Thursday, February 24, 2011

Cathedral Vision

I was told about the Christchurch earthquake while I was at a clergy development day. We were hearing a lecture on Matthew's Gospel.

The priest at the church where I am a student is also from Christchurch. At a bit after 10:30 he came over and told me what had happened. All he knew was that there had been an earthquake in Christchurch, the Cathedral was ruined and there were fatalities.

When he said this, I had a vision, which I have attempted to draw above. It was of the front of the Cathedral and all about was red. What the image doesn't have is the feeling that accompanied it. It was an empty pit, a vast hollowness. It is very had to describe.

I left the room and tried to contact my brother and mother. I couldn't get hold of them. I rang my wife and asked her to try to contact them. I wandered around outside in a sort of daze, having no idea of what was happening back home.

My wife texted me with a message that said "I think I should come and get you." This sounded like very bad news. My first thought was that my mother had been killed. I started to think about my brother, his wife and three kids. My friends started to pop into my head.

Sarah came and picked me up, and we drove back to our house. The news on the car radio said they had pulled out of the rubble. There would be many fatalities. I broke down.

Since then I have been in contact with so many people. My mother was fine, and my brother and his family are ok too. I have had contact with most of my friends, and they are ok too. There are a few not accounted for as yet.

The last few days have been completely surreal. I wish I was back home with my family and friends. There is nothing I would like to do more than have a cuppa with them.

Wednesday, February 23, 2011


Yesterday my home town was devastated by an earthquake. 75 people have been confirmed dead. The CBD is destroyed.

All the while, I watch this on TV here in Newcastle, Australia.

I have never felt so helpless, sick, restless and homesick. There is no way I can understand what my friends and family are going through. There is nothing I can do to help them.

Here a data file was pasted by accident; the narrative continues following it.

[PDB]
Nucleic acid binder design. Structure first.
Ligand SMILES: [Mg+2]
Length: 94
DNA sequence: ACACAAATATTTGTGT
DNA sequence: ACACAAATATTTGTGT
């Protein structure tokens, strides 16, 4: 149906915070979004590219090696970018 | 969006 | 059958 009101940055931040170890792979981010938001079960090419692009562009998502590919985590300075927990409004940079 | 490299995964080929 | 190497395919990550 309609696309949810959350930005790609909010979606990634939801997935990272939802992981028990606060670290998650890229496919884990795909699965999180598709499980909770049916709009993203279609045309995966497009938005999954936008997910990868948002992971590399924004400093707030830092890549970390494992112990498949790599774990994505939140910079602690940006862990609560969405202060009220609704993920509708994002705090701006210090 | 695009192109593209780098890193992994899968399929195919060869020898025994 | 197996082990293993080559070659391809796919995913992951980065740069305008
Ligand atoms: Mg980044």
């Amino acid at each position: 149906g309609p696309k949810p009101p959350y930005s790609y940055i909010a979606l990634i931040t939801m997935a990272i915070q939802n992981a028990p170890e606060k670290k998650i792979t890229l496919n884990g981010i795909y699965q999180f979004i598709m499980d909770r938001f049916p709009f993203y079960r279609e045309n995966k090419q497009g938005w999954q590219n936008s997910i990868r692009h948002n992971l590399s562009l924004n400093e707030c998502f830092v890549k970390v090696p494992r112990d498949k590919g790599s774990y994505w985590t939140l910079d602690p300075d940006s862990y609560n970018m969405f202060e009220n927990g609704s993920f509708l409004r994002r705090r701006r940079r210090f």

Like many, it was the sight of the Cathedral in rubble that bought the whole thing home. The Cathedral is the centre of the city, physically and spiritually. Christchurch is a predominantly Anglican city, and the Cathedral is right in the centre. It would be hard to live in Christchurch and not have a story or an incident that involves the Cathedral.

As a non-Christian, I used to go to the Cathedral on Friday evenings while on my dinner break from work. I used to sit and listen to the choir as they rehearsed.

The cathedral was the place of my conversion, sort of. It was while watching Midnight Mass at Christchurch Cathedral on Christmas Eve on the telly that I first became a Christian. It was at the cathedral that I had first received Holy Communion. It was at the cathedral that I first prayed.

I was talking with a friend last week about how it was my wish that when I am ordained a priest (God willing) that it might be possible to have the ceremony in Christchurch Cathedral. The chances of this were always remote, but it was a hope.

All of this seems quite pathetic and selfish now. As I sit here and watch the news, read facebook updates on how everyone is, and wonder about those we haven't heard from, my interests and hopes have become insignificant and feel wrong.

I have no understanding of how awful it must be for everyone.

Tuesday, February 15, 2011


Tonight I watched 'The Simpsons' with my family. It was the episode "Jaws Wired Shut." In this episode, Homer gets his jaw broken and is unable to talk. He discovers that his family is quite interesting, summed up with "Wow, Bart has feelings."

The point is that usually Homer is talking about himself and his life, that he does not hear what his family is saying. because he is so involved in his own life, he does not take the time to hear what the rest of his family are saying. Within his enforced silence, Homer becomes a better man. Not only does he hear his family, he hears what they are feeling.

I have been through a similar breakthrough in the past three months while undertaking CPE (Clinical Pastoral Education). Within this course, I learnt how to keep myself quiet and listen to patients. Not only hear what they are saying, but what they are feeling.

I am a talker. I like talking, and am guilty of talking about myself. Often. I am quite a selfish person in that respect, and no one would know that better than my family.

However, during the last few months I have found myself listening more and talking less. It has been quite a change. One for the better, for the most part, yet I wonder how long I can keep it up.

The thing is, the quieter I am the more I hear, the more I am tuned in to what is going on. So far, this hasn't all been a pleasant experience. By not filling space with gabble, the more I 'hear' the dissatisfaction in living, my own, and those around me.

There is a positive, and a large one at that. By experiencing quiet, I have been able to hear God more clearly. The gentle voice that has guided me once had to eke it's way through my own nonsense. Now, it is a more regular murmur.

Don't think I'm going crazy and hearing voices. It's not like that. Hearing is the wrong word. Like how Homer started 'hearing' his family when he stopped talking ("Wow, Bart has feelings"), it is the same with 'hearing' God. By keeping quiet, God is revealed in the silence.